- Mimic is a tool for authoring configuration in Go. It uses a provider model to help generate specific config files and offer a typed interface so you can use it for, for instance, generating HCL for Terraform and YAML for Kubernetes at the same time.
- Heap Maps 101 by Samantha Bretous – tutorial on heap maps, also known as a heap, is a set of values stored in a specific order that allows efficient access or modification.
- Hacking Go modules – “Suppose, not hypothetically, that you have found a useful Go program, but when you test it you discover that it has a bug that’s a problem for you, and that after you dig into the bug you discover that the problem is actually in a separate package that the program uses. You would like to try to diagnose and fix the bug, at least for your own uses, which requires hacking around in that second package.” But if the program has been migrated to Go modules, things could get a little tricky. Chris Siebenmann shows you how to proceed.
- Solving the Dragon Sector 2019 Teaser CTF CPU Adventure challenge – Robert Xiao explains how he and his team “reverse-engineered a program written for a completely custom, unknown CPU architecture, without any documentation for the CPU (no emulator, no ISA reference, nothing) in the span of ten hours.”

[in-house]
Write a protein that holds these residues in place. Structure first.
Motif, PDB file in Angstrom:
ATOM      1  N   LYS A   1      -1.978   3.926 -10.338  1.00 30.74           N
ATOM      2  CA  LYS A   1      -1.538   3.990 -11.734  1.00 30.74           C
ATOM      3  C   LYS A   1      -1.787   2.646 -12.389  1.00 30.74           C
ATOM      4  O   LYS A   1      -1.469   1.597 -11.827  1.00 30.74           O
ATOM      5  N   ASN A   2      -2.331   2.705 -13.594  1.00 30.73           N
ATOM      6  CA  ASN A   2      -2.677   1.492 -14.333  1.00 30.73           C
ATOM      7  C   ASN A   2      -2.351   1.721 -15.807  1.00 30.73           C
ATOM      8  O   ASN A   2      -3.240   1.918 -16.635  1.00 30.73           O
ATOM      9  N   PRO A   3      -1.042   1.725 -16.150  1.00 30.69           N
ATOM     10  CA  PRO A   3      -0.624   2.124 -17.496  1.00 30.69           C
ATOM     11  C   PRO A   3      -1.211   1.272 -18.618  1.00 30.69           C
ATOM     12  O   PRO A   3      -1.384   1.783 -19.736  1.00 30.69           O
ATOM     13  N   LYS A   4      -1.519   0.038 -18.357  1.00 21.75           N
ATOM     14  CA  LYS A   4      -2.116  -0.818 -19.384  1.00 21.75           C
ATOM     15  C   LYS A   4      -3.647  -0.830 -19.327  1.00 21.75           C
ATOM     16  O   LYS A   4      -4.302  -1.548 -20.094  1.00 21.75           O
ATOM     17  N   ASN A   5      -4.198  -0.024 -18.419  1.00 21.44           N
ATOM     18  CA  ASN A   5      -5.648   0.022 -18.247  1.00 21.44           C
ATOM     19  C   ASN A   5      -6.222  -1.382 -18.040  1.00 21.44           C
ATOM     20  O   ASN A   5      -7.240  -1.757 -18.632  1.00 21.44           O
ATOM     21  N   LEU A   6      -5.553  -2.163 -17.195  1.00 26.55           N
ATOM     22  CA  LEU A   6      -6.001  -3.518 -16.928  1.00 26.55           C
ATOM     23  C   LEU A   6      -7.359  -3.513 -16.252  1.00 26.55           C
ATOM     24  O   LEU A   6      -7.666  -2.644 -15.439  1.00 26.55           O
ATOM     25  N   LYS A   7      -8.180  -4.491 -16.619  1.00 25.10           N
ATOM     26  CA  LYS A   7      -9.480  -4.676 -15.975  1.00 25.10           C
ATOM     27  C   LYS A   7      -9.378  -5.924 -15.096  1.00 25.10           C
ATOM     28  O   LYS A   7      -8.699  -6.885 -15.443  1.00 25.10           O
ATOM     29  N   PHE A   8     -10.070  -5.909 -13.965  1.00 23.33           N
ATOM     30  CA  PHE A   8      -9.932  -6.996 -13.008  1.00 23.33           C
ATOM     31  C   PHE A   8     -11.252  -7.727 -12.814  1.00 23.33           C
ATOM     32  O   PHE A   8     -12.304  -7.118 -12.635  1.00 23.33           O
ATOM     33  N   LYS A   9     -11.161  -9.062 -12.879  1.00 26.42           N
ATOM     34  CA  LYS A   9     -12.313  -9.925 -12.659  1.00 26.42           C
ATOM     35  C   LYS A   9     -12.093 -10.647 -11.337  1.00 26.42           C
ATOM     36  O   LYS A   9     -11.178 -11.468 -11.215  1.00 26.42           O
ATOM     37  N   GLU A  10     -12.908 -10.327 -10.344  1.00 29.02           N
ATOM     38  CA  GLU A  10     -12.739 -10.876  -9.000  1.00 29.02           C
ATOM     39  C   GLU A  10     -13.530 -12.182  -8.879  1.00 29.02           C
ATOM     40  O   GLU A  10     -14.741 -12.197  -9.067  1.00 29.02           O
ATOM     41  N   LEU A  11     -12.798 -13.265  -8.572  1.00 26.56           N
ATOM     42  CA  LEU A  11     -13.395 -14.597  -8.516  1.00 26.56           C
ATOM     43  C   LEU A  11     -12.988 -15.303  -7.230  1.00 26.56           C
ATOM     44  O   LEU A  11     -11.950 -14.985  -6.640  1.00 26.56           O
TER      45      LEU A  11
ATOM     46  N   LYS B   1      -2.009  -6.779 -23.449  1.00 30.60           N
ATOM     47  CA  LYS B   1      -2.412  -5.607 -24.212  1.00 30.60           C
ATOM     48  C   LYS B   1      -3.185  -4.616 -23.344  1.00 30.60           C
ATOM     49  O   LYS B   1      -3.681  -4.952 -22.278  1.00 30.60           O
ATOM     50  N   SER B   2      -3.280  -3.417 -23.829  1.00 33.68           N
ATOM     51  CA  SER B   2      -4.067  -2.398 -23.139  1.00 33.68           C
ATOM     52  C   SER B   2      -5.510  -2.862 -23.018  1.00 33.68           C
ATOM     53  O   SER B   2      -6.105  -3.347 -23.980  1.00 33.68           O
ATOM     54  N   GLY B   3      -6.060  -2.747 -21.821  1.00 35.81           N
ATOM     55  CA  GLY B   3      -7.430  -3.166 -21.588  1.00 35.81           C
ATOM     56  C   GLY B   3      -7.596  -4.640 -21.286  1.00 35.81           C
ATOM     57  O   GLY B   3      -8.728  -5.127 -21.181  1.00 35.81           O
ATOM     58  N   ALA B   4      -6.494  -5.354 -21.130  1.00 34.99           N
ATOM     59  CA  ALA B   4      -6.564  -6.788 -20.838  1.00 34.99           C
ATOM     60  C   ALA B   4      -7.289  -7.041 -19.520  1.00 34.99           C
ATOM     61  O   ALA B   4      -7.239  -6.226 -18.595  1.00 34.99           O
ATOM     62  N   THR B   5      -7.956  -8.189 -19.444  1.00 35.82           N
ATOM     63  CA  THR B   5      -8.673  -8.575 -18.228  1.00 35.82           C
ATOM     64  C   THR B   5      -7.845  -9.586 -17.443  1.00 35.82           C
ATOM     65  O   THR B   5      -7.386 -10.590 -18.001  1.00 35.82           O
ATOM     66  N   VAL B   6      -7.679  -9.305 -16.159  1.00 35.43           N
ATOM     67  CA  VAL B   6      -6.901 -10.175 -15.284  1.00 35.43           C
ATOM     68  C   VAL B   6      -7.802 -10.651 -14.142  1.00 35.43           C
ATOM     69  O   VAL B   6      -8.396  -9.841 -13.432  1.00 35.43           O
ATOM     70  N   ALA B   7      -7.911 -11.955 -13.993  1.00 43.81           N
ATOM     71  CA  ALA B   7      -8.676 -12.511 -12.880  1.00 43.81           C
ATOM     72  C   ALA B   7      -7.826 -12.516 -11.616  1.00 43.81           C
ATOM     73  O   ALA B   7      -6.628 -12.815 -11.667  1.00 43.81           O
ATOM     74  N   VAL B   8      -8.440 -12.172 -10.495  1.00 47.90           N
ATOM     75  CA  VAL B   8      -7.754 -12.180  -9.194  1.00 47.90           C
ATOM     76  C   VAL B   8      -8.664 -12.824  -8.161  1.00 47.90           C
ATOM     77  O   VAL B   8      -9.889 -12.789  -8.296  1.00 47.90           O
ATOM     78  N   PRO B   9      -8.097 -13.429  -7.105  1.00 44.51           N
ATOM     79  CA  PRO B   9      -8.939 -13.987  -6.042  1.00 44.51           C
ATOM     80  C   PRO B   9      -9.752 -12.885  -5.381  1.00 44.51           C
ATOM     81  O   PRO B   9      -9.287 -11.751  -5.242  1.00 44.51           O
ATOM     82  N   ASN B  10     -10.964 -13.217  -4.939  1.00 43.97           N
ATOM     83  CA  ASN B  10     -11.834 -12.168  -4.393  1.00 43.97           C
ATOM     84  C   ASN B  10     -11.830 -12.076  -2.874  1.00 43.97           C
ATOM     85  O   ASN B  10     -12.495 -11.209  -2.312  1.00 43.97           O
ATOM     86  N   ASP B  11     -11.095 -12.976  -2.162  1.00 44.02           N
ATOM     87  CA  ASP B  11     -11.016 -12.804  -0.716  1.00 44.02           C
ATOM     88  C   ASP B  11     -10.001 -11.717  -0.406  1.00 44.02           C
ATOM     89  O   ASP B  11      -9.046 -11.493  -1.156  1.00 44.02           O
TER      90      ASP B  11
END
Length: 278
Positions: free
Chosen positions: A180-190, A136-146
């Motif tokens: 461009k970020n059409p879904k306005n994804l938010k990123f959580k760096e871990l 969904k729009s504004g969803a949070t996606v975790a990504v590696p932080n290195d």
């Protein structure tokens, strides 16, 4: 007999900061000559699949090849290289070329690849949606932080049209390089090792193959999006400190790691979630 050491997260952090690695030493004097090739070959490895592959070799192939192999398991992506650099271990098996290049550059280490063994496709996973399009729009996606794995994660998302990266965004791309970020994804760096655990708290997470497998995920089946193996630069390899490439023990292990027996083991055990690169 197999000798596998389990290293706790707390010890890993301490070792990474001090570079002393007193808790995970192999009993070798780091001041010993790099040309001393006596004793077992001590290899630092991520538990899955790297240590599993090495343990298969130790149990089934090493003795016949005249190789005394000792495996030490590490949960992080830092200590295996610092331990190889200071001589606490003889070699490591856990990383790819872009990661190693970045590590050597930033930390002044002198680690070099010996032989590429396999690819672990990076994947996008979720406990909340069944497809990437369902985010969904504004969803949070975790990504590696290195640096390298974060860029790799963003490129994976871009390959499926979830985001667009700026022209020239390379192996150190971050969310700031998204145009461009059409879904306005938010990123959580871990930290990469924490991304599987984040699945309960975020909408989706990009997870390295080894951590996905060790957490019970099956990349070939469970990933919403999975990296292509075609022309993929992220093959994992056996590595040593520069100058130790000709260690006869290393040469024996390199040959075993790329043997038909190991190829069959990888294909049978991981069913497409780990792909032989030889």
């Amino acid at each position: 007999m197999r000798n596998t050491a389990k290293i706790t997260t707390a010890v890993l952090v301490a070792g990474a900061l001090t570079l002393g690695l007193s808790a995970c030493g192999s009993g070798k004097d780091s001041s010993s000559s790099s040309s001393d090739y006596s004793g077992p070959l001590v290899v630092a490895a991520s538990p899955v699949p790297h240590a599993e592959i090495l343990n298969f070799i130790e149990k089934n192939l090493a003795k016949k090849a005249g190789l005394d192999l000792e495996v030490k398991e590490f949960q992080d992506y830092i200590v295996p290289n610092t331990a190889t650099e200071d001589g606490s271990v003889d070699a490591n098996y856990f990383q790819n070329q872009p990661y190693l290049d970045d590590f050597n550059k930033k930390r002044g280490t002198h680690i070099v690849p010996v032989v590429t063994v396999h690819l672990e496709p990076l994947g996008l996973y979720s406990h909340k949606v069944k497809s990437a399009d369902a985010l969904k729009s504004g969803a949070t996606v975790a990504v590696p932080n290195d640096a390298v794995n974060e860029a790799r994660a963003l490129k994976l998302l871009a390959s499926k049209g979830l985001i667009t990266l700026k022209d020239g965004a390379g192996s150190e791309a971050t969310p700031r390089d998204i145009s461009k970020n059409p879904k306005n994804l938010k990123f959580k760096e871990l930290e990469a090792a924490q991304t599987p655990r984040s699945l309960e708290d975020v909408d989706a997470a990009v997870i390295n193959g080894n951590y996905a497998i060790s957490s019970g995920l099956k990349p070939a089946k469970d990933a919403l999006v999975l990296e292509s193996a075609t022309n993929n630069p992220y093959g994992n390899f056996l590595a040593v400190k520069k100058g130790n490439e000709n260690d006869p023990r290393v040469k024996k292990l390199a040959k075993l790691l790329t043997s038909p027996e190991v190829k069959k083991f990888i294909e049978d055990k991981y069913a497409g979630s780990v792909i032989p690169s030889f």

- Which Distribution of Linux Should I Use? – What type of Linux distro you should choose, based on what you’re looking to do.
- How much do the differences between cloud providers matter? – Katy Stalcup breaks down terminology, compute options, and more.
- Should you be using event-driven microservices? – “If you’re an enterprise architect, you’ve probably heard of and worked with a microservices architecture. And while you might have used REST as your service communications layer in the past, more and more projects are moving to an event-driven architecture.” Jason Skowronski outlines best practices for event-driven microservice architecture, taking you through the pros and cons, key design choices, and common anti-patterns.
- Talos is a single-purpose operating system designed to provide clusters abstractions and tooling rather than focus on individual hosts. It’s built to run Kubernetes. GitHub.
tail -f /dev/misc